“Cheaper is not always better,” he cautions. “You usually get what you pay for. If you get a quote for $100 and another for $150, and a third for $180, my advice is throw out the $100 bid, and find out what the difference is between the other two.”
Some things to research are whether the bidders have insurance and workman’s comp coverage, Lazzerini adds. Are they using the right equipment such as a hydraulic agitated tank to properly mix the sealer?
Lazzerini says Premier gets its sealer directly from the manufacturer, ready to use according to their specifications, backed by a letter stating Premier is the recommended provider.
“Ask our estimators and they will show you a copy of our letter,” he adds. “Plus, ask if the bidders are figuring crack filling in the estimate and what kind of crack filler – hot or cold. Most people just put crack filler on the estimates. Premier puts the footage amounts that we are going to do with explanation of all the processes of the work to be done.”
Maintenance with Mudjacking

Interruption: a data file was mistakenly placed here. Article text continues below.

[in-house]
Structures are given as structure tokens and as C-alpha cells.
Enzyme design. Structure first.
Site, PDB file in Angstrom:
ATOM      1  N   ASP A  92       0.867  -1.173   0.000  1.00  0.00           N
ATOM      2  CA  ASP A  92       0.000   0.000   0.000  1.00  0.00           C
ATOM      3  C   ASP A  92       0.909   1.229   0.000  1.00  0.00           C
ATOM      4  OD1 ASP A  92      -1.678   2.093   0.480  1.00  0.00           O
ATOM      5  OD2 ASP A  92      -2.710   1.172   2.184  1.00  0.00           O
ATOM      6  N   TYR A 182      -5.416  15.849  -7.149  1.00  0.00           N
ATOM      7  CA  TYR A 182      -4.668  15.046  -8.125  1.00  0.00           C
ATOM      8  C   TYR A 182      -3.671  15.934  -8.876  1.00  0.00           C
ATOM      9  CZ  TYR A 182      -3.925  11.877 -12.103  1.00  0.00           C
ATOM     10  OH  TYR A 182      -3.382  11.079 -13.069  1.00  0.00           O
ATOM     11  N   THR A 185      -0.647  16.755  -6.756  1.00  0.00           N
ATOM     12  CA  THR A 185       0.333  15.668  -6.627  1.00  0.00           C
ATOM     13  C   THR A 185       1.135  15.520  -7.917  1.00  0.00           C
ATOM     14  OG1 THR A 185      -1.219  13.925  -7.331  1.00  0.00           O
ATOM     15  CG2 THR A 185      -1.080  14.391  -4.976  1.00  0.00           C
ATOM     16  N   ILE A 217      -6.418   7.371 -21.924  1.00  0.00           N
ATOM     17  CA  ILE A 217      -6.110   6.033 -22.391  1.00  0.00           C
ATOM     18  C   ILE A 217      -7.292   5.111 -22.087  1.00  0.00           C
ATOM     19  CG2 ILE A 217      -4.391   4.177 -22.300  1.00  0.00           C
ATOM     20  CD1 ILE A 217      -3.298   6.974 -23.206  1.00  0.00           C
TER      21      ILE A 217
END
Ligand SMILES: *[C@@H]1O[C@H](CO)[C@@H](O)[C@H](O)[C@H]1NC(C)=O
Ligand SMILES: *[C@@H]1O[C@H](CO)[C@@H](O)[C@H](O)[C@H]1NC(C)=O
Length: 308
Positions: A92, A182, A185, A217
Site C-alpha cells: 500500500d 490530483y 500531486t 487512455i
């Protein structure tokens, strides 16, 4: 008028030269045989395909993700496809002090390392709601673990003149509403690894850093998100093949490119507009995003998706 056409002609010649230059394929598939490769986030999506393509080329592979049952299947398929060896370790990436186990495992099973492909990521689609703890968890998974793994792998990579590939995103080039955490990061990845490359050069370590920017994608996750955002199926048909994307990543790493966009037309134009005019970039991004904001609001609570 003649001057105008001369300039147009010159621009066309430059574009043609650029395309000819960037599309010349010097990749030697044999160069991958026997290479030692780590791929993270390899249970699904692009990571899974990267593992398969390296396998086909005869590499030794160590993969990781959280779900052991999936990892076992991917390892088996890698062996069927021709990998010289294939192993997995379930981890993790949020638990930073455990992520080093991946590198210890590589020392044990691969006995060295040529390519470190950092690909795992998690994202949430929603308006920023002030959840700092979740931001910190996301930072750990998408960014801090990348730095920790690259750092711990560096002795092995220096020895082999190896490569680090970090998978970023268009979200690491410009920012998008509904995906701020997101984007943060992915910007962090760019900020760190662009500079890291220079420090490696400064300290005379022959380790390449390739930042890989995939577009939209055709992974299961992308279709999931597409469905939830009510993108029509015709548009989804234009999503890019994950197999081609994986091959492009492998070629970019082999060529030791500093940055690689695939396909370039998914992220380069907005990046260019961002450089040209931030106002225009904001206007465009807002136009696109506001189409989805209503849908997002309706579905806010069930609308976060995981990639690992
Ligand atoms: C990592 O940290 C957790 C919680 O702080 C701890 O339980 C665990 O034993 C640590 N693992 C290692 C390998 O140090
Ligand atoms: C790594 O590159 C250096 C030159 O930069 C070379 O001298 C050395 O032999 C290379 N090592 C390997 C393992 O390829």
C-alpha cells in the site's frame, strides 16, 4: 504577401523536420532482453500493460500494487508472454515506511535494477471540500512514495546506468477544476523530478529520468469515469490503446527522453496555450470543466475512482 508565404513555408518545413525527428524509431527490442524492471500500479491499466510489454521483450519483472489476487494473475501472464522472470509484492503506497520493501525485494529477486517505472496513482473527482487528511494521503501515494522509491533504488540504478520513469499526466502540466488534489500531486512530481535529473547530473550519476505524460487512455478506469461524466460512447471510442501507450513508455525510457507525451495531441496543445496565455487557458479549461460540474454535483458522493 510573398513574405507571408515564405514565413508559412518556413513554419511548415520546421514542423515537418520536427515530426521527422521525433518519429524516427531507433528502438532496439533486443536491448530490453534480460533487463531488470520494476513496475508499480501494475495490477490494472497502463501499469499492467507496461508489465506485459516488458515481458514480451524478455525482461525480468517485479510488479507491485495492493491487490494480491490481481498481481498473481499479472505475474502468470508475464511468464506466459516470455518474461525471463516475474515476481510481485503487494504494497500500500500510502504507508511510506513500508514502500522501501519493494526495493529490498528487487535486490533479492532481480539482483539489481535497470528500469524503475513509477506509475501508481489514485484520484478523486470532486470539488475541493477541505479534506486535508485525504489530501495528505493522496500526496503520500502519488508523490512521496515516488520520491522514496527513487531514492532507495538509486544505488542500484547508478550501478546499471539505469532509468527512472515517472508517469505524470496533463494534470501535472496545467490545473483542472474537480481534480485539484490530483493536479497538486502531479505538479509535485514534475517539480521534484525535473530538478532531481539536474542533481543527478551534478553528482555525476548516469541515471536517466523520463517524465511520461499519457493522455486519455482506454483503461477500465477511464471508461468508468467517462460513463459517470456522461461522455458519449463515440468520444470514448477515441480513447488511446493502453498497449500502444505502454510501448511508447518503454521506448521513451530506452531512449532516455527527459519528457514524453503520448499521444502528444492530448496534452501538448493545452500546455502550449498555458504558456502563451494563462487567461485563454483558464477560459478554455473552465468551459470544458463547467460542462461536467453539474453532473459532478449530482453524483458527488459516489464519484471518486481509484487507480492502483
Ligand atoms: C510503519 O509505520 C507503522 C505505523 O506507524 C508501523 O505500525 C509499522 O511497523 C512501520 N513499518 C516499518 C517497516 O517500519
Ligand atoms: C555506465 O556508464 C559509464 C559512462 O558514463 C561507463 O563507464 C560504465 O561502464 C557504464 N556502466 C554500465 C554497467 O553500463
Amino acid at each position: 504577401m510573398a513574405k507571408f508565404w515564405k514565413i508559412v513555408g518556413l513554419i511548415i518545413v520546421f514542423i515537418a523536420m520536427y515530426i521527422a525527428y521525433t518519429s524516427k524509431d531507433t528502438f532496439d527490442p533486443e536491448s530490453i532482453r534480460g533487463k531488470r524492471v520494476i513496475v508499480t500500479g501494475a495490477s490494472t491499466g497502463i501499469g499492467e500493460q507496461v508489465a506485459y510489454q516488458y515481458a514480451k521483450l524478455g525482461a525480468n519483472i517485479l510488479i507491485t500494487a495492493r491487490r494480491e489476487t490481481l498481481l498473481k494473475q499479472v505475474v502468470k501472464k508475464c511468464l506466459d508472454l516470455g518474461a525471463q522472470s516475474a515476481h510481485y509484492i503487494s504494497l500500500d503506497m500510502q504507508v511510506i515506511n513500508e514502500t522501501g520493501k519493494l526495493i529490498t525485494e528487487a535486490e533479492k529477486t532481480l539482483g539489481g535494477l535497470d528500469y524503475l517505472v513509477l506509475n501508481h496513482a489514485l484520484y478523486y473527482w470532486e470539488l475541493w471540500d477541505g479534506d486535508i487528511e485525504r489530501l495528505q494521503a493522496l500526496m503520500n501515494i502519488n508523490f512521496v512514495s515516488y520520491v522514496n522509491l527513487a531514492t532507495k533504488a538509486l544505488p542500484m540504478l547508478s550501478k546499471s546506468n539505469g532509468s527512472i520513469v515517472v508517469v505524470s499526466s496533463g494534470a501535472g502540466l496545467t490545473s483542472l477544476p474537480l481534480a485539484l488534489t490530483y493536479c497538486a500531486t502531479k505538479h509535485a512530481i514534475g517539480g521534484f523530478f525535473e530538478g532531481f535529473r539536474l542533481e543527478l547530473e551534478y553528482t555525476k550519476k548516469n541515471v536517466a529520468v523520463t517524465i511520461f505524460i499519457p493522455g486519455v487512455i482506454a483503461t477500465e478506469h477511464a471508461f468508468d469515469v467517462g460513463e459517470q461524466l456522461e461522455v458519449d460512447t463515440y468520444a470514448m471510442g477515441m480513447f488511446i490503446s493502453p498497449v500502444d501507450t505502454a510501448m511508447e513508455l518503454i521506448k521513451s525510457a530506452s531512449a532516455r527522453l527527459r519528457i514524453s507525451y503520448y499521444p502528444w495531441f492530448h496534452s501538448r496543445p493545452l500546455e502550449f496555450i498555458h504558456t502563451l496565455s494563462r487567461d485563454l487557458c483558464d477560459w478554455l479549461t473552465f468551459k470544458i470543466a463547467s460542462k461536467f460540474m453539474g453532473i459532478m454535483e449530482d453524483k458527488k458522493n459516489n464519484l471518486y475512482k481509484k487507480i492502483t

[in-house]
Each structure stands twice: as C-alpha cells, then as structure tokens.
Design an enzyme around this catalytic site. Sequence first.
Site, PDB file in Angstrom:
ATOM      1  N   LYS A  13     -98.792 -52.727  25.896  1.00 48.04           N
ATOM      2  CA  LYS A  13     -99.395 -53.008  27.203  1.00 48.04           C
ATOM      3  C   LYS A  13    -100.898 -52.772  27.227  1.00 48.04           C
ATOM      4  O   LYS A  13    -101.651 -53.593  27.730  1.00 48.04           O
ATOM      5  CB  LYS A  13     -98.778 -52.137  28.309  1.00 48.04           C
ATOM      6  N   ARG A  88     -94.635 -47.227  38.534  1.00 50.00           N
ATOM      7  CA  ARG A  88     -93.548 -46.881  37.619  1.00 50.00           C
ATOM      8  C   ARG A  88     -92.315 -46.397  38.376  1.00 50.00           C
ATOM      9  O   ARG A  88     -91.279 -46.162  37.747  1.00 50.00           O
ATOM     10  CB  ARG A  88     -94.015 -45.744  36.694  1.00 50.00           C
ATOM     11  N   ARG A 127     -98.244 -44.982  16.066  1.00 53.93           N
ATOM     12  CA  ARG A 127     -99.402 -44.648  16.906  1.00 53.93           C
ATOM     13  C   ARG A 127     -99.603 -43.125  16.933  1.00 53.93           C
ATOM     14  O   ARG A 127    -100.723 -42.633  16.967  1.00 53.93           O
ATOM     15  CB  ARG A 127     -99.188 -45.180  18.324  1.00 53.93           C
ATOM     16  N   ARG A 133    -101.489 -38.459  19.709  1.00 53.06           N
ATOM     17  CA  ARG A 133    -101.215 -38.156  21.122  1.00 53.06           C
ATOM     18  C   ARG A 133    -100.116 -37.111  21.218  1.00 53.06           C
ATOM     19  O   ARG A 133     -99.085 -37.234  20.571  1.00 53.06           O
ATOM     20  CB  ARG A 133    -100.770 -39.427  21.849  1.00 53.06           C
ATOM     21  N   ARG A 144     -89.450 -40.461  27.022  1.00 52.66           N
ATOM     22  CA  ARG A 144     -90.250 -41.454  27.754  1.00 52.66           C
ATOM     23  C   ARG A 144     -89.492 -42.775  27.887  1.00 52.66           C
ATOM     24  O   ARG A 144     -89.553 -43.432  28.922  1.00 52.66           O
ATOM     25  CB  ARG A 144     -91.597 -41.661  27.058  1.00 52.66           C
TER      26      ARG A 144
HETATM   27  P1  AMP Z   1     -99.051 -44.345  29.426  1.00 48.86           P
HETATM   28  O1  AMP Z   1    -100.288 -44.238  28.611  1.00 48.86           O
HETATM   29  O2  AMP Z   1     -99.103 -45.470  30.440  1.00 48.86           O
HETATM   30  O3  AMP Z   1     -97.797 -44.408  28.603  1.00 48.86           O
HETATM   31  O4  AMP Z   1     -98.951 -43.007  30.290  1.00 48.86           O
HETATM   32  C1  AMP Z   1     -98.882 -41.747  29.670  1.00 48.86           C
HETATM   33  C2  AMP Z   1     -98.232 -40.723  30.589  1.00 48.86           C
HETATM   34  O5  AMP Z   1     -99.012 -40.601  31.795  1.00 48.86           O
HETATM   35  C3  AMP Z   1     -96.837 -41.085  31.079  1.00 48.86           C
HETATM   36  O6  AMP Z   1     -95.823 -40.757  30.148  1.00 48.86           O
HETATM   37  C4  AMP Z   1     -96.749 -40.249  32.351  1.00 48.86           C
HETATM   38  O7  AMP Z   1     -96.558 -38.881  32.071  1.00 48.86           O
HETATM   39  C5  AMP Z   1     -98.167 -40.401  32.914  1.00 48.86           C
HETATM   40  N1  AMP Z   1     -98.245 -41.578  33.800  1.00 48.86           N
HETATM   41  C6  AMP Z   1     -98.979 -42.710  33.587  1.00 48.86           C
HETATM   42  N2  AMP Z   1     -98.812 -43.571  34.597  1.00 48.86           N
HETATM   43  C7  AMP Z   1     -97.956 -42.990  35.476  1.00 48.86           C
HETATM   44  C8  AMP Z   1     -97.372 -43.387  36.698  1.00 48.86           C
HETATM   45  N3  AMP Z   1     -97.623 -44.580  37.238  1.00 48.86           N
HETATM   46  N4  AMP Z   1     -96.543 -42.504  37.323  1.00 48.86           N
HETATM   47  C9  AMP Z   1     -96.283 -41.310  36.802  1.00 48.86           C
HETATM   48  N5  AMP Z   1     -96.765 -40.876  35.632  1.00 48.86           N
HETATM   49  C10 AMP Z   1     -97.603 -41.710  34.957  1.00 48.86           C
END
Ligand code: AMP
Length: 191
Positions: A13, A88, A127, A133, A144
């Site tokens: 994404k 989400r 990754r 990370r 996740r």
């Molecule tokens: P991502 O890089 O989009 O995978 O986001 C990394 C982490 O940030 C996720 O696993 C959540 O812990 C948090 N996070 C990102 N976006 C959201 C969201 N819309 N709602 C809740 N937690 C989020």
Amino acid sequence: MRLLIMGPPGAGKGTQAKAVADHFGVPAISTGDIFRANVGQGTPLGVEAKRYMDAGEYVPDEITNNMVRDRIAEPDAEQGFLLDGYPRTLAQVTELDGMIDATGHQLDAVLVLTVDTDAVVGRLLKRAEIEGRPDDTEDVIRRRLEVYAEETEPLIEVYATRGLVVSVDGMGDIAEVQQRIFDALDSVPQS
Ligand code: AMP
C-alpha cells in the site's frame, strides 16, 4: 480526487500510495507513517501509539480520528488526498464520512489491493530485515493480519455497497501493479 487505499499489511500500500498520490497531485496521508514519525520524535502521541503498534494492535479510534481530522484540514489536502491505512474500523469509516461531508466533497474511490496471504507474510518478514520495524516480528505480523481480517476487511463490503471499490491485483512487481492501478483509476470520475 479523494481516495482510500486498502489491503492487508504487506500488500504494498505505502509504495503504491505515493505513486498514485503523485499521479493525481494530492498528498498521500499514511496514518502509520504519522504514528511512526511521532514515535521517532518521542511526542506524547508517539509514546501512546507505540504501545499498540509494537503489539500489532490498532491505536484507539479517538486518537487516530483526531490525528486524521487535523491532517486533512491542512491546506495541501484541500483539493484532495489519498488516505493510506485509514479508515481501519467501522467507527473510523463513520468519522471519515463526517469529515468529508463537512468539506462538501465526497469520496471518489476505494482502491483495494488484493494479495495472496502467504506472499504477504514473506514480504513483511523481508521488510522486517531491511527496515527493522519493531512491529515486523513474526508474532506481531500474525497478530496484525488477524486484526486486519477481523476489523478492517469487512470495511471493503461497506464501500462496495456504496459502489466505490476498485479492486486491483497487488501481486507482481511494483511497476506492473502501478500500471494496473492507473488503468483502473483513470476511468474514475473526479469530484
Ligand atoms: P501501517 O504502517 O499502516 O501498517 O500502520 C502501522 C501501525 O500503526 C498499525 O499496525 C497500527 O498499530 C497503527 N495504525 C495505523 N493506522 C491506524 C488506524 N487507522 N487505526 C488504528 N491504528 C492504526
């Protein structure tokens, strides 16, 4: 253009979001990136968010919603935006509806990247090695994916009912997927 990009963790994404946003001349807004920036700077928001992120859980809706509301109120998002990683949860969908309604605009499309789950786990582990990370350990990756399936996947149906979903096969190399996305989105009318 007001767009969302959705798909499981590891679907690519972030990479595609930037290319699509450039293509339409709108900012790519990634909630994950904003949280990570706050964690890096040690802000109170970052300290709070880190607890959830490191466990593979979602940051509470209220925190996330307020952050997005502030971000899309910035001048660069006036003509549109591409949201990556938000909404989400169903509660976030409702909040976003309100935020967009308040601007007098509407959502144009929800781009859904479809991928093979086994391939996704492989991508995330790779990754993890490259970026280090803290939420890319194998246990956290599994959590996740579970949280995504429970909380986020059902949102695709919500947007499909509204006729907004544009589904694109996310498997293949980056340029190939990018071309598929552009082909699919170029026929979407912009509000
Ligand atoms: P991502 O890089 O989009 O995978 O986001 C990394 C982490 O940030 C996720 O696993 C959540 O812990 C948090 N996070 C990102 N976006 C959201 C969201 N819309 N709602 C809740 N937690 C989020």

Weather doesn’t just affect a concrete drive, sidewalk or patio. Like roadways after a bad winter, concrete can heave up or sink. Uneven concrete around a home, including walkways, patios, driveways and garage floors, can present a dangerous tripping hazard and can even damage vehicles. It can also direct water into unintended areas, causing pooling water, seepage, and, in some cases, even lead to structural damage to foundations.
Settled concrete slabs can be caused by poor compaction of the subgrade below the concrete, poor backfill around foundations and excavations, erosion caused by poor grading or poorly placed downspouts and sump pump discharges, as well as vehicle traffic and even animal damage.
James Wells, owner of Advanced Pavement and Property Inc., says a process called mudjacking is used to level concrete that has suffered the effects of all of these.